Rethinking Mozart’s Tuba mirum – part 2

Rethinking Mozart’s Tuba mirum – part 2

Last October, I wrote an article for The Last Trombone titled, Rethinking Mozart’s Tuba mirum. If you’re reading THIS article and haven’t read my earlier thoughts this subject, please take a minute to read my earlier article so you can have a fuller context for what follows.

For many years, I have puzzled over a question: Why does the trombone solo to the Tuba mirum movement in Mozart’s Requiem seem to be of a completely different character than the vocal text of the movement? In my previous article I raised the question and wondered if we could begin a conversation about this. What happened was quite unexpected: that article about Mozart’s Tuba mirum has received thousands of views. Clearly this question is something that is on the mind of many others.

To recap, the text of Tuba mirum of the Requiem mass speaks of the dead being raised from their graves as they are being summoned before the throne of God for judgment. Here is the text in Latin:

Tuba mirum spargens sonum

Per sepulchral regionum,

Coget omnes ante thronum.

And here is the “standard literal” translation in English:

The trumpet, scattering a wondrous sound

through all the sepulchers of the regions,

will summon all before the throne.

Here is a fuller, more accurate translation of the text in English:

The trumpet, blowing its amazing sound to all of the corners of the earth,
signals to all of the dead in the world
to rise from their tombs and come before the throne of God for judgment.

Surely this is a text that demands dramatic treatment. And many composers, like Berlioz, Verdi and even contemporaries of Mozart such as Antonio Salieri, Michael Haydn and Luigi Cherubini infused this movement with fast tempos and loud trumpets, trombones and timpani.

But not Mozart.

After the initial opening “fanfare” of the call of the last trumpet, Mozart wrote what is usually interpreted as a florid, legato passage to accompany the bass vocal soloist. Here is the trombone solo as printed in a commonly performed edition:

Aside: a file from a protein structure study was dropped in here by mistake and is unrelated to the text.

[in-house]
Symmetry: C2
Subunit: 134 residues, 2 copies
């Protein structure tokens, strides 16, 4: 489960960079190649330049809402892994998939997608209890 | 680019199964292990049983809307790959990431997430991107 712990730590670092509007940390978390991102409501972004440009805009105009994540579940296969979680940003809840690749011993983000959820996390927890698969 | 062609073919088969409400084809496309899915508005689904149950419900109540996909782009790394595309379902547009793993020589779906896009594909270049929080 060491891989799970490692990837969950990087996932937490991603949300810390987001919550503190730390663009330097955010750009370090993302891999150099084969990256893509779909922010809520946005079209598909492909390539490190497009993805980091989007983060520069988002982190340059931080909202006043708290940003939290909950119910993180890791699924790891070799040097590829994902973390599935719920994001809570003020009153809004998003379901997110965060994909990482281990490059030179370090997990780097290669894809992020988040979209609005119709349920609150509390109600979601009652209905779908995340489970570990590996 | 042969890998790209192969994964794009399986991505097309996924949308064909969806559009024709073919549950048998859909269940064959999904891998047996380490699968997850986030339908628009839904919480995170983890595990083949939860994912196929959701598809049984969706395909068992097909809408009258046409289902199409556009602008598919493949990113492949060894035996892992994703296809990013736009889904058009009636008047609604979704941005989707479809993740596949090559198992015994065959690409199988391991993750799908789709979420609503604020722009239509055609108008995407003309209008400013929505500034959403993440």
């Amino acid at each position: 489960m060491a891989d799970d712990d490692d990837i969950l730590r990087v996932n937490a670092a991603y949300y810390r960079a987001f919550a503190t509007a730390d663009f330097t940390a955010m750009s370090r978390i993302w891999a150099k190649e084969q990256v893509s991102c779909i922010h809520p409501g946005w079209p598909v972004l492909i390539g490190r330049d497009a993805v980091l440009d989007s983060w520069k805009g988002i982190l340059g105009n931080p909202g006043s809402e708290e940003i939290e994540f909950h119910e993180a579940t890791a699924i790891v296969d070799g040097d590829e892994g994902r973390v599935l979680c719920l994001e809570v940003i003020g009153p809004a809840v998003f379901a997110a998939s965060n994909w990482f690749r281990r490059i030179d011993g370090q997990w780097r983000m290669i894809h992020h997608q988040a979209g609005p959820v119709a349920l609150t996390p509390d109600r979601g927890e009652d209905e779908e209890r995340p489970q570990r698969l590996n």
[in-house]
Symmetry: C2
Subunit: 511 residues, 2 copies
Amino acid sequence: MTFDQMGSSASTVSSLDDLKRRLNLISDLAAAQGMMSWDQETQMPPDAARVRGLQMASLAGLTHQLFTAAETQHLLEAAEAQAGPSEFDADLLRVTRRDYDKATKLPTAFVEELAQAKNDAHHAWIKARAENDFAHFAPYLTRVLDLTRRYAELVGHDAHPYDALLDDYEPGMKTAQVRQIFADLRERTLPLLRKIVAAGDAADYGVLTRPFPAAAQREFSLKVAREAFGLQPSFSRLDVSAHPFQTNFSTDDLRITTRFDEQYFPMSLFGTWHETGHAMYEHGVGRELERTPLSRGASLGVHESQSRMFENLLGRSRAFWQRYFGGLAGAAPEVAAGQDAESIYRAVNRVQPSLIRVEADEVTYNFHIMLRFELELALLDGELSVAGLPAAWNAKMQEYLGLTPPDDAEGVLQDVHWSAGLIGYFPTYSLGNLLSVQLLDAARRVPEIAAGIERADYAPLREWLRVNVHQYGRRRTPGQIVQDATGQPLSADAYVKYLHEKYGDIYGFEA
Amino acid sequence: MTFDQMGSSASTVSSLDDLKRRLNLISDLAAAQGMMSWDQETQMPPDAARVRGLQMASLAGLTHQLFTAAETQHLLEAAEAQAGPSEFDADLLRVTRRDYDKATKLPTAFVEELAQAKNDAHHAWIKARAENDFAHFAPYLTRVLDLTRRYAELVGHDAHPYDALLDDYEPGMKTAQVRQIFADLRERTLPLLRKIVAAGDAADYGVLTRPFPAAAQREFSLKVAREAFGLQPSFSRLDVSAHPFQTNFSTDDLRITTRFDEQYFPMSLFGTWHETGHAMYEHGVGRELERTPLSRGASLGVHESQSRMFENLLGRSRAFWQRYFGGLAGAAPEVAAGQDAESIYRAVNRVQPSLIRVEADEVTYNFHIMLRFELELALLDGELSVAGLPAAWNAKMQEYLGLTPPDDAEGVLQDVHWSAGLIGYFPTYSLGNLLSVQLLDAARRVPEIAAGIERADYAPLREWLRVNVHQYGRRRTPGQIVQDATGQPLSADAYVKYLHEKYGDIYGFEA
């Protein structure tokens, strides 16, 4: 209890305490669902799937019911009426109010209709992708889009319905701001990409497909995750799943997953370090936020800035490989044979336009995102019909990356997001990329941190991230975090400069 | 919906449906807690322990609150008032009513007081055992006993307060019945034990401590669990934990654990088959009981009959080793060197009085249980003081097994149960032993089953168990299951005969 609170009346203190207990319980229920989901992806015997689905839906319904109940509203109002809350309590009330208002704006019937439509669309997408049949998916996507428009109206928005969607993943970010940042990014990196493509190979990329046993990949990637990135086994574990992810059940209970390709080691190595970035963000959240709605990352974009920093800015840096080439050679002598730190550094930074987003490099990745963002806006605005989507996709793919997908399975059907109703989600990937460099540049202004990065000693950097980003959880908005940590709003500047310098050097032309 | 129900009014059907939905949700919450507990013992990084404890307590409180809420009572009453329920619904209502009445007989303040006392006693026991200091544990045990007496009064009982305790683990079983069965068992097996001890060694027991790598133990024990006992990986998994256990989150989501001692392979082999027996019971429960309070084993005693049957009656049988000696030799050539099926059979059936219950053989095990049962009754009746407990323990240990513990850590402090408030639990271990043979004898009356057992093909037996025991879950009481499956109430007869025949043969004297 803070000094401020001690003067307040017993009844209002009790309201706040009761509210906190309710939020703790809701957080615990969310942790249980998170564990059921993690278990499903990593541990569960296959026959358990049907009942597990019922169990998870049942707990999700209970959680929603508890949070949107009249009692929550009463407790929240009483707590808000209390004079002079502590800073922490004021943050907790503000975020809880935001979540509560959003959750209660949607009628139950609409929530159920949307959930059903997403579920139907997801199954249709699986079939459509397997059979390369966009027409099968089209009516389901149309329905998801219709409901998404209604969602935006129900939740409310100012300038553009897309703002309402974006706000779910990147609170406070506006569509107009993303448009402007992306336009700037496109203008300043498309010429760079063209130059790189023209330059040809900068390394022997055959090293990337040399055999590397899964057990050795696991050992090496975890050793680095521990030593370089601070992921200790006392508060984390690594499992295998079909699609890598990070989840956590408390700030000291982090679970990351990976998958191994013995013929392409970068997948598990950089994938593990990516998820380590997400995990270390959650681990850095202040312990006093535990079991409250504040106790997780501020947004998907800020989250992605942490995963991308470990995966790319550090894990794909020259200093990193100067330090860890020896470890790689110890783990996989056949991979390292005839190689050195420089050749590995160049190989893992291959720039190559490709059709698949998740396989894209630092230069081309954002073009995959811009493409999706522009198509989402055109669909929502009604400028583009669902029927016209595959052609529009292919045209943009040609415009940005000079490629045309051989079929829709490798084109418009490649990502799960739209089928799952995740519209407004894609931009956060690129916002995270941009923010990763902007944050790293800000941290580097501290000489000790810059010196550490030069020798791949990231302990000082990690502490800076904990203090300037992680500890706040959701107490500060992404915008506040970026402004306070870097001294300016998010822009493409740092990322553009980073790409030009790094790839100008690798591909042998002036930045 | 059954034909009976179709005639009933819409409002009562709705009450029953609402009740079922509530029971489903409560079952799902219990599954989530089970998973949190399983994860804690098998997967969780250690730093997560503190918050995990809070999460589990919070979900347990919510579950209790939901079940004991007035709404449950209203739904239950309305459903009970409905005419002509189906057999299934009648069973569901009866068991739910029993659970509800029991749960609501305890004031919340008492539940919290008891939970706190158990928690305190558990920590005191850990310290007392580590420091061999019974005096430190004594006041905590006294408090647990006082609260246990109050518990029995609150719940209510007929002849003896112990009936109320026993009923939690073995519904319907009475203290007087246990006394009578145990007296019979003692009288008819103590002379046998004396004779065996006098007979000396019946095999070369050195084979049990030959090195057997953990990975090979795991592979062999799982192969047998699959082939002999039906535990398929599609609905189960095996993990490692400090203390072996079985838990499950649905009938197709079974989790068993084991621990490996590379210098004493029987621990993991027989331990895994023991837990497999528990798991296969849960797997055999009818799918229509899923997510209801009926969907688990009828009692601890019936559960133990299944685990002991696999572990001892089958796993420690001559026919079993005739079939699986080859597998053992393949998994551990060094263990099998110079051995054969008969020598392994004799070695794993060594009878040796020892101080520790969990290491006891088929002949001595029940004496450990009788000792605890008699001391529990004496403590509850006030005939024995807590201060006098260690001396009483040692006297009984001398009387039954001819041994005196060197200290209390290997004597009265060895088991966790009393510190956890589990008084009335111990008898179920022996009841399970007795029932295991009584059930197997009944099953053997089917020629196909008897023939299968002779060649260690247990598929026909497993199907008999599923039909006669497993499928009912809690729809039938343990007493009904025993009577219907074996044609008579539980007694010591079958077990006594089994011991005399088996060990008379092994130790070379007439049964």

It must first be said that apart from the three slurs that appear in measures 15, 16 and 17, none of the expressive markings are Mozart’s. He did not live to hear the Requiem performed and the Tuba mirum was left unfinished; he did not even indicate an opening dynamic for the trombone solo. Had he lived, he certainly would have gone back to this movement and edited it more clearly for performance. A look at the except from Mozart’s manuscript at the top of this article (if you are reading this article because you have subscribed to The Last Trombone by email, click on the title of this article to open this page in your web browser and you can see the header image) shows just how little Mozart gave us in terms of expressive guidance.

Still, the tradition that calls for this solo to be played legato dates back to the Requiem‘s first edition, published in Leipzig, Germany c1800 by Breitkopf & Härtel. Below are the first three pages of the Tuba mirum in this edition. The full score to this edition, which is owned by the Handel and Haydn Society of Boston and is on deposit at the Boston Public Library for safekeeping, is available online by clicking HERE. You will also notice something that seems a little shocking: after the opening notes of the trombone solo, this edition gives most of the Tuba mirum solo to a solo bassoon (Fagotto in German), not solo trombone. Seriously. But more on this in a minute. Have a look at these pages and you will see that from this first edition, the character of the trombone solo was legato:




Note: You will see that the trombone solo in measures 5-7 is not marked legato even though it is usually played that way by today’s players. I think a case can be made for a detached tenuto OR a legato approach to these measures. Part of this thinking is a consideration of what we are learning about 19th century trombone performance practice and part of it is based on a consideration that these measures might – might – actually depict the initial movement of the dead from their graves.

However, with the mostly legato character of the opening of this movement clearly established from its earliest performances, the question still remains: why does Mozart treat this dramatic text in this way?

After I published my earlier article in which I posed this question, I continued researching in hopes of answering my own question. I had conversations with my friend, Howard Weiner, one of the most respected scholars of the trombone who is also co-editor of the Historic Brass Society Journal, and consulted dozens of books about Mozart and the Requiem. As I looked more carefully at this, some important information came to light and  I think I am beginning to understand why Mozart called for the trombone solo to be played in a gentle rather than dramatic style.